Thursday, January 12, 2012

The Business of Music

Reading Norman Lebrecht's blog this morning--the place to go for the latest music news--I see an item about the fate of EMI. This gets me thinking about the intersection of music and business. I wrote one post about the economics of composition here. But there are other interesting questions. Why, for example, do so many musicians have so much trouble with the business side of things? Leonard Cohen is a well-known example. He has had a successful and multi-faceted career for many decades. He retired in 1994 to a Zen monastery in California where he spent the next five years. In 2005 the story broke that his management had allegedly misappropriated nearly all the money from his retirement account. Cohen says this is why he went back on the road for his 2008-2010 world tour. Many famous musicians have ended up broke.

Here is why I think that the business world and the music don't co-exist very well. It actually relates a bit to my last post on the interrupted Mahler adagio. The modern world, which is pretty much the world of business, is interrupt-driven. You have to respond to investors, clients, partners, suppliers, employees and so on and do so in a timely fashion. The world of music, which is a time-art, requires focus. In order to do musical work, you need time and a space where you will not be interrupted. The Finnish composer Jean Sibelius gives us an example. On the website associated with his home Ainola, now a museum, we read this comment on his working environment:
Daily life at Ainola revolved in all respects around the composing and other work of Jean Sibelius. Silence was an absolute necessity for this work, upon which Sibelius often focused at his writing desk. It was only at the finishing stages that he would take his manuscript to the grand piano, and so for much of the time Ainola remained a place of great silence.
Piano practice was a source of problems at Ainola. When Katarina received permission to practice for a couple of hours at home, Jean Sibelius made a special note of this in his diary. Often the girls would go to a neighbour’s home to play...
Musicians of all kinds seem to seek out a secluded environment where they can work free from interruption. In the 19th century the possibilities of interruption were a lot less than they are now. But even then Wagner complained that with his rented apartment being across the street from an iron-monger he didn't see how he could finish an opera. The multitude of electronic devices we have now makes the 19th century seem like a peaceful time. In order to shield themselves from the constant interruptions of the business of music musicians like Leonard Cohen rely on management. This, of course, leaves them open to being taken advantage of by their management.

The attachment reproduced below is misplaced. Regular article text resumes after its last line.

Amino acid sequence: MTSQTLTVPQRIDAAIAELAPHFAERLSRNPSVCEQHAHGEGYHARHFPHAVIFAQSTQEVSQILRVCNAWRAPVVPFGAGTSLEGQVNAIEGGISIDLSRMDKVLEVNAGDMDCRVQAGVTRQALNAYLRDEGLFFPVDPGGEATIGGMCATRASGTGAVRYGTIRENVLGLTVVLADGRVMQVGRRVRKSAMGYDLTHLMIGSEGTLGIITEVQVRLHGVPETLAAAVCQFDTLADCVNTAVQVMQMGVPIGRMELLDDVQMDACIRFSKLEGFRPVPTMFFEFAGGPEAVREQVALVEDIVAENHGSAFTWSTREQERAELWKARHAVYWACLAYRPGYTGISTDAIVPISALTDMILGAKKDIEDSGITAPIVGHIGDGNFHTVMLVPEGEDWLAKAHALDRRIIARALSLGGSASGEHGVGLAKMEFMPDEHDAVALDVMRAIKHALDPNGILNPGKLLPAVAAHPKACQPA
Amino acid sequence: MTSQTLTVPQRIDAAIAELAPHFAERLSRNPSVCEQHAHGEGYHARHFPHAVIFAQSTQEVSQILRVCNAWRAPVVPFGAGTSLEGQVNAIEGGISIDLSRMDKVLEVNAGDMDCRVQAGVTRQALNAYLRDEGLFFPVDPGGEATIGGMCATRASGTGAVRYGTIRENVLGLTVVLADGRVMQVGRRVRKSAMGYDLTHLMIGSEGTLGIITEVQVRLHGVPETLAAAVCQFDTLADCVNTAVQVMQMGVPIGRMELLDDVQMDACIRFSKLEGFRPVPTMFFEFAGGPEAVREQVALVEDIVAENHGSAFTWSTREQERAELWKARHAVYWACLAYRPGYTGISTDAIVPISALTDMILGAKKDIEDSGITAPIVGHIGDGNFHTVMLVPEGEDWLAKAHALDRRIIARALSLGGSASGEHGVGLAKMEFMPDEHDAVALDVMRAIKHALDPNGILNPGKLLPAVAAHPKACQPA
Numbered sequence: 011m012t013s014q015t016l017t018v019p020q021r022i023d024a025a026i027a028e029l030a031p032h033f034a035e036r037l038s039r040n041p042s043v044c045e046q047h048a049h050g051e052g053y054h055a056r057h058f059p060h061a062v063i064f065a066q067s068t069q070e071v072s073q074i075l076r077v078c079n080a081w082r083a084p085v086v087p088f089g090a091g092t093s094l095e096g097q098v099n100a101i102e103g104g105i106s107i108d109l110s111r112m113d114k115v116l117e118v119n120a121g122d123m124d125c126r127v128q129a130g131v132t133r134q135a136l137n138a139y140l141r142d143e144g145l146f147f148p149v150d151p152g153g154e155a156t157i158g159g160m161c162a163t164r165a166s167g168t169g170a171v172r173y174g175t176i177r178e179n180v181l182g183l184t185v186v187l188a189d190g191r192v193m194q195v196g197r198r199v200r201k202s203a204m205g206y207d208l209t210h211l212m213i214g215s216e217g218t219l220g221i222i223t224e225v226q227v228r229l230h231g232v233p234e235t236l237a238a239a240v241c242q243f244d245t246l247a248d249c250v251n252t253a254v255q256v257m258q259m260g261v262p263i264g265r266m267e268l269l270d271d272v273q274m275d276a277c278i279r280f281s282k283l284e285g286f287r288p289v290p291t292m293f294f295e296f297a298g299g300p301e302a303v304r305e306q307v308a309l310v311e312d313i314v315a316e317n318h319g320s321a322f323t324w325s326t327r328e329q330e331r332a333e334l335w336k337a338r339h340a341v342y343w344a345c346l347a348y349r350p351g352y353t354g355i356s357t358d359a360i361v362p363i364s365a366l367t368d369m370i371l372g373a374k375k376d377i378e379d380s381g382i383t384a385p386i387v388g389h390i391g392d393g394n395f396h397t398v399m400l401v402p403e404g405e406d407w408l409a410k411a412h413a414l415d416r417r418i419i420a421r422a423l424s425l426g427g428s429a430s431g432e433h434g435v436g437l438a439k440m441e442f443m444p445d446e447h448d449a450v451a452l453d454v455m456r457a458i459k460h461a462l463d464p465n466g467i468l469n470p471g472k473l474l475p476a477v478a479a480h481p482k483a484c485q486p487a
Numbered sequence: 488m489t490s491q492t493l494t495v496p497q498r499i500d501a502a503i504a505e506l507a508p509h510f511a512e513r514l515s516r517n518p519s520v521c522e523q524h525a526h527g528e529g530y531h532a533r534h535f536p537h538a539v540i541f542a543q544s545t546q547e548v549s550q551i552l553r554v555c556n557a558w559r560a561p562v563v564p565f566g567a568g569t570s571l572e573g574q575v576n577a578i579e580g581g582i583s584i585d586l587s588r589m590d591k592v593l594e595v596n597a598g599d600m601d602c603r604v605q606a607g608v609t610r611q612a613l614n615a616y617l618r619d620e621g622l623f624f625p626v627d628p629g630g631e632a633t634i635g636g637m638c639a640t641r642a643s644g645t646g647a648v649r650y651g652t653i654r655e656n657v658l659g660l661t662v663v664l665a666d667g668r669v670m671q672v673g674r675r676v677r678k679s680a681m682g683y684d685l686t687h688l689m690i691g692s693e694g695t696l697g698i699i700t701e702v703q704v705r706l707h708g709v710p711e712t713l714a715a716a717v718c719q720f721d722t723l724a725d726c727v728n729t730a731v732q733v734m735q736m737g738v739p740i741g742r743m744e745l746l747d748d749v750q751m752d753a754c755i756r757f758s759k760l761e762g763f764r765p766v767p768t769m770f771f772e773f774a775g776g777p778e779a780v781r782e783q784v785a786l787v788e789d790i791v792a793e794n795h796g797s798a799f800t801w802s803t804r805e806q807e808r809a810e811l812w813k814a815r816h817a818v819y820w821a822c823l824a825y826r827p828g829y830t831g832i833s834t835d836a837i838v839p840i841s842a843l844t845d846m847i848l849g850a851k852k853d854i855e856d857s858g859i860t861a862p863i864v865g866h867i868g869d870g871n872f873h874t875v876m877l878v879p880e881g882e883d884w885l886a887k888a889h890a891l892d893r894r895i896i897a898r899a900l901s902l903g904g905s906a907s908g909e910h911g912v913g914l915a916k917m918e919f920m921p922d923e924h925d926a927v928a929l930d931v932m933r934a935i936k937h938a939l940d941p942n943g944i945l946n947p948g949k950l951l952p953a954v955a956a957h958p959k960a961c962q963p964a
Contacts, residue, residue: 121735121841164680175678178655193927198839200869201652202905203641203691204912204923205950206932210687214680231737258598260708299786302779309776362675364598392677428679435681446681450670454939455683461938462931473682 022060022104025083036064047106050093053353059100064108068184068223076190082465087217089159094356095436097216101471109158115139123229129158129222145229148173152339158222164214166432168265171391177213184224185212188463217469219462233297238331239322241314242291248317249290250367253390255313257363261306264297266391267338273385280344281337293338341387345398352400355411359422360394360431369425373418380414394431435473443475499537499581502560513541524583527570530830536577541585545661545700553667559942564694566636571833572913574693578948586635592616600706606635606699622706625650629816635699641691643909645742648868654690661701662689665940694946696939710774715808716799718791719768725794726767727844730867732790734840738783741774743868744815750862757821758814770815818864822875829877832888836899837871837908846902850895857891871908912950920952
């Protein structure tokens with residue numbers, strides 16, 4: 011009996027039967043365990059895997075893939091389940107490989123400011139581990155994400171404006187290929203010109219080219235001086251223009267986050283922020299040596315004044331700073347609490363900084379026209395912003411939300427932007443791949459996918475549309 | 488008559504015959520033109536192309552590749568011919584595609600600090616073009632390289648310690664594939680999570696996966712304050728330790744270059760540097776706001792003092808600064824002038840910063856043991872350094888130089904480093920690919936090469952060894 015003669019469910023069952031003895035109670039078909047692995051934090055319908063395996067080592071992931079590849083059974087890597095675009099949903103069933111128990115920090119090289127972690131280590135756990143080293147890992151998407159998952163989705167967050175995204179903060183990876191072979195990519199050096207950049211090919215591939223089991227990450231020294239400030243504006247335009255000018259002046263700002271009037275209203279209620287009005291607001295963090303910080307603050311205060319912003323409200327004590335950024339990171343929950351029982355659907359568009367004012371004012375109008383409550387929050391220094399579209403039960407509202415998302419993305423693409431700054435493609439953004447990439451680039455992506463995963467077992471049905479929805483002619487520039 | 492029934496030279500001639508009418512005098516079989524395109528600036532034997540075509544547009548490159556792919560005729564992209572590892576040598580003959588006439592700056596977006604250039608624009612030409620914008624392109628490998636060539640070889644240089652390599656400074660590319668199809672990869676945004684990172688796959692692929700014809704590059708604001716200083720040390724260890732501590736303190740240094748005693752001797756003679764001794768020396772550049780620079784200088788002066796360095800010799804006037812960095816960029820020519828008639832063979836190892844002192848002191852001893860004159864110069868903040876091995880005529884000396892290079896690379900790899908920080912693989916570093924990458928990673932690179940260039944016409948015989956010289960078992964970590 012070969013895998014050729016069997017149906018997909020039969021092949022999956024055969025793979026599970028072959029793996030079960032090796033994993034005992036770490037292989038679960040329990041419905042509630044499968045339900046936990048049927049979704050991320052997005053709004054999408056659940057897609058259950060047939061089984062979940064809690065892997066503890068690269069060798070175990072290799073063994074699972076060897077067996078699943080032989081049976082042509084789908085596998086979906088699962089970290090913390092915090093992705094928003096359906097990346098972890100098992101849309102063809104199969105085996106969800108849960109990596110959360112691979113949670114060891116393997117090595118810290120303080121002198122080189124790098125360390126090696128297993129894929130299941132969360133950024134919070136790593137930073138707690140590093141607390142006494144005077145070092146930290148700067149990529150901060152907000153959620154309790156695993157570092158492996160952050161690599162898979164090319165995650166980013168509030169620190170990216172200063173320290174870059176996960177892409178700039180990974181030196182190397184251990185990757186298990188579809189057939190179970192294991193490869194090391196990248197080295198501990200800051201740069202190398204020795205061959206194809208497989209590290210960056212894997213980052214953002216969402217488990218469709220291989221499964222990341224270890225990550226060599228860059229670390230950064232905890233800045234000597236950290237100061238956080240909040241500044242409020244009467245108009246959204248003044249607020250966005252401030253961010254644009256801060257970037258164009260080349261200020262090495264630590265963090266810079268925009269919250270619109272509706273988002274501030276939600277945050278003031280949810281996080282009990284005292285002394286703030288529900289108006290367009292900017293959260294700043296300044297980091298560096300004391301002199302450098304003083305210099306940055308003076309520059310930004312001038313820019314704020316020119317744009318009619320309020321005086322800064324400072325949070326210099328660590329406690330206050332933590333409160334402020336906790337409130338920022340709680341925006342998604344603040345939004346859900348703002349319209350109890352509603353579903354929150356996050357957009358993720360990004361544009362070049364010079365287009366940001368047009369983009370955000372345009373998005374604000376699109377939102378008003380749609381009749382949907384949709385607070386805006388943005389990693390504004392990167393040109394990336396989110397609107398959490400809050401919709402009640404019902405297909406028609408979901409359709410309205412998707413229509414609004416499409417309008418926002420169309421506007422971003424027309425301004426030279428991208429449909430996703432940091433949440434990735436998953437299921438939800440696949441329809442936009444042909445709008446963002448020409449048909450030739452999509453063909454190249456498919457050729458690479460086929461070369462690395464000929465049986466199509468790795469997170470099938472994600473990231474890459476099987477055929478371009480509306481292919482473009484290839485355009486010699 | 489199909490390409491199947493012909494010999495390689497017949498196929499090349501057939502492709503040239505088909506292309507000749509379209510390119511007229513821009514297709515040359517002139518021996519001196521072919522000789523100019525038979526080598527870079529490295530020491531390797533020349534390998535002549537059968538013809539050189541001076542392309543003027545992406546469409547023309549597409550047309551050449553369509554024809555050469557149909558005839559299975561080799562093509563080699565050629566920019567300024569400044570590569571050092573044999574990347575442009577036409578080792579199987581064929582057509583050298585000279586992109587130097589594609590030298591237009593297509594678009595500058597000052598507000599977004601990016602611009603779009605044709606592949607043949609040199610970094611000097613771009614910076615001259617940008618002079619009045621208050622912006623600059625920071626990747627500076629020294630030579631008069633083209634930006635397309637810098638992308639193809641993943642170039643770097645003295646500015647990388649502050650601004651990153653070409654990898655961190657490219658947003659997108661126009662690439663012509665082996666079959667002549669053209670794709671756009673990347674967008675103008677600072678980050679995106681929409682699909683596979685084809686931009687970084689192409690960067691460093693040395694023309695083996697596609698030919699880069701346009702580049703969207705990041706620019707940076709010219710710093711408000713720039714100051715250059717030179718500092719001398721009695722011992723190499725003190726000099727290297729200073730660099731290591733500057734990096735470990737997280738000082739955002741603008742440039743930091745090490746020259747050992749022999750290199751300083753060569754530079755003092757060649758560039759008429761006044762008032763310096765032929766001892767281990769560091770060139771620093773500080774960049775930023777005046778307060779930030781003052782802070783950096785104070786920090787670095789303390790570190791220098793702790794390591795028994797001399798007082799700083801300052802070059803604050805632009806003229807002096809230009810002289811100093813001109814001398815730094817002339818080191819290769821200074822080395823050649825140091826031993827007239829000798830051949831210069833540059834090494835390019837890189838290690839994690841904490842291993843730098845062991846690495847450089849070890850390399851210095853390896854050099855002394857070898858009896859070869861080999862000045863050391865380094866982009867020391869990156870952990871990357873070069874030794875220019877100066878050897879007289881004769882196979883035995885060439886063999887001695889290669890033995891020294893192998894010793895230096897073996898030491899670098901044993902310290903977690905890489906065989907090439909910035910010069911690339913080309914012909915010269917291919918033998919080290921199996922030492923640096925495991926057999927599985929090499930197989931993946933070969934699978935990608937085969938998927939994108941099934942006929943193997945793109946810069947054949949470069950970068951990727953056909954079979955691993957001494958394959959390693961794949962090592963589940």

But the alternative, closely monitoring your own career and being responsive in all the ways this requires, seems problematic. Not for everyone, perhaps, but for many. I suspect that there are certain kinds of work, ones that delve deeply into certain kinds of aesthetic problems, that absolutely require isolation. The great pianist Arthur Rubenstein withdrew from concert life for several months in 1932 when he felt the need to completely rebuild his technique. As for composers, as every important new piece is, in a sense, a rebuilding, a delving down to the foundations, it may also require real isolation.

Music that is transcendent in some way, that tries to evoke the sensations of eternity (and, ironically, does this by shaping and manipulating time) is crafted in silence and tranquility. The full reception of this music may also require a silent backdrop, as, for example, the Mahler adagio that was interrupted by the iPhone alarm.

So that's why I think many musicians have trouble with the business world: their most important work, the music itself, often requires that they separate themselves from the usual interactions of daily life in order to focus completely on the music. But business requires instant responsiveness and communication. The two worlds are really at odds with one another.

Here is whole of the 2nd Symphony of Sibelius. Imagine, if you will, the kind of concentration it took to assemble this composition:


Jon Silpayamanant said...

We just played Sibelius 2 in our November concert. Such a gorgeous piece though I've always felt the last movement was a bit too long.

Some creative types claim to work best with a deadline looming, or in other high energy environments. I think different personalities might best use different environments.

Bryan Townsend said...

Hi Jon,

Yes, I think you are right--some people seem to thrive in a busy environment. That's why I qualified it a bit. Some creative work may require the kind of isolation that Sibelius preferred. But look at Bach. His large family in a not-very-large apartment, his many responsibilities (like teaching Latin), and alongside all that, he composed, rehearsed and performed a large amount of music every week!

Jon Silpayamanant said...

Which is not to say Bach might have thrived even more in a closed and quiet environment, right?

In other ways, though, I think having the life experience that he had more than likely developed in him a strong capacity to multitask, and maybe that is exactly the skill he brought to bear on his exquisite counterpoint!

Bryan Townsend said...

I can just hear him yelling down the stairs: "Cantata score for Sunday is finished and I need three copyists to do the parts! Carl Philip? Wilhelm Friedman? Johann Christof? Get up here!!"

Jon Silpayamanant said...

Hahaha! The advantages of a big family!